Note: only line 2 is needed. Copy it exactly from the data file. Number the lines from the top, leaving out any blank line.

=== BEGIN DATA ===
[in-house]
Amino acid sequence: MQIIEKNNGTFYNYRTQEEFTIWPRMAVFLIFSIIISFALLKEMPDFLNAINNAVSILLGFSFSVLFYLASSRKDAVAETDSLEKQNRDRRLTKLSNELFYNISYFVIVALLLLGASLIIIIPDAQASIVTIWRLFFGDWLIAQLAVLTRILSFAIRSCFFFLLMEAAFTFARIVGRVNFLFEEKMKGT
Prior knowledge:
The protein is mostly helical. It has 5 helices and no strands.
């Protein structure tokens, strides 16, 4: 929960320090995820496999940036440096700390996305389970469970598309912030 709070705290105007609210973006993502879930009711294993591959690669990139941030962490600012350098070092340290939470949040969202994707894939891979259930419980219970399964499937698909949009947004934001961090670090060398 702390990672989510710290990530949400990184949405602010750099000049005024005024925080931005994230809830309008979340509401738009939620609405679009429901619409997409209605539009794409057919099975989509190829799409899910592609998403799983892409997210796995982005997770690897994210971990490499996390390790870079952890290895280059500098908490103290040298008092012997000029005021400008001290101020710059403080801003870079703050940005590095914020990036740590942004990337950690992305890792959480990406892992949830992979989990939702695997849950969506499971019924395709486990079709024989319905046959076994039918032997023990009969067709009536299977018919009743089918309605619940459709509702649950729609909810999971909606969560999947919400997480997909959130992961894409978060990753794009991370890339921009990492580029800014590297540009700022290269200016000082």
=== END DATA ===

Amino acid sequence: MQIIEKNNGTFYNYRTQEEFTIWPRMAVFLIFSIIISFALLKEMPDFLNAINNAVSILLGFSFSVLFYLASSRKDAVAETDSLEKQNRDRRLTKLSNELFYNISYFVIVALLLLGASLIIIIPDAQASIVTIWRLFFGDWLIAQLAVLTRILSFAIRSCFFFLLMEAAFTFARIVGRVNFLFEEKMKGT